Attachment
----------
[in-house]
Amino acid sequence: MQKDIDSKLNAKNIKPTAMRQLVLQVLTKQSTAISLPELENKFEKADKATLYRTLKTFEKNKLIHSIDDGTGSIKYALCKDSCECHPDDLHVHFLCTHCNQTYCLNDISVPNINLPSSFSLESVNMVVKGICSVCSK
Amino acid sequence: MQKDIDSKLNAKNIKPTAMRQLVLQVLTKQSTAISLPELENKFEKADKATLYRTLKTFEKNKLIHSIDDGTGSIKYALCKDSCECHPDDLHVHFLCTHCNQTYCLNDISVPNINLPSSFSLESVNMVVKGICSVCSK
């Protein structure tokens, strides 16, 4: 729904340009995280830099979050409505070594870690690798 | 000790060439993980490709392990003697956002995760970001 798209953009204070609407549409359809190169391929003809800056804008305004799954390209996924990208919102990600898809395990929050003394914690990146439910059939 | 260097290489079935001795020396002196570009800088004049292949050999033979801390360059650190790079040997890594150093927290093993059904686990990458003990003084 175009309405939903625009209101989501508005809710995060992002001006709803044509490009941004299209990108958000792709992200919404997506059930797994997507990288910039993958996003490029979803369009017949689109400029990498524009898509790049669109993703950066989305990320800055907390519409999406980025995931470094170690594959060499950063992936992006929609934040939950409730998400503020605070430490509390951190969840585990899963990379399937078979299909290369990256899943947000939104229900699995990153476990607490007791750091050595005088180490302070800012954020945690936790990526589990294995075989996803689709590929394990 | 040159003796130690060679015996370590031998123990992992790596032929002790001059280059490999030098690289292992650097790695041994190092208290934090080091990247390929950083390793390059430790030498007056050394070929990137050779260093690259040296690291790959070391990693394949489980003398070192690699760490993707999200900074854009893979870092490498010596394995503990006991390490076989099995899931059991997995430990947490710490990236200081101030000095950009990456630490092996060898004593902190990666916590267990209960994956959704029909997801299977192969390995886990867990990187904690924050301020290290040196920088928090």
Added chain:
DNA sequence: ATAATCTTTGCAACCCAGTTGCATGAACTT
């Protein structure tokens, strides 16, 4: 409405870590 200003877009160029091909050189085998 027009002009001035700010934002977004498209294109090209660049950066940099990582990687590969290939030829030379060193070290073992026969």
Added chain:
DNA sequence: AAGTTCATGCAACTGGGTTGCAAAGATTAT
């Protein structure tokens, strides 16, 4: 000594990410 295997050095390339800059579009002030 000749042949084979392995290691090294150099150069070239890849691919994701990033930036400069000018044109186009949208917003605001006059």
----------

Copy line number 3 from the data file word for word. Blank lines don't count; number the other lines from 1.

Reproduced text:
Amino acid sequence: MQKDIDSKLNAKNIKPTAMRQLVLQVLTKQSTAISLPELENKFEKADKATLYRTLKTFEKNKLIHSIDDGTGSIKYALCKDSCECHPDDLHVHFLCTHCNQTYCLNDISVPNINLPSSFSLESVNMVVKGICSVCSK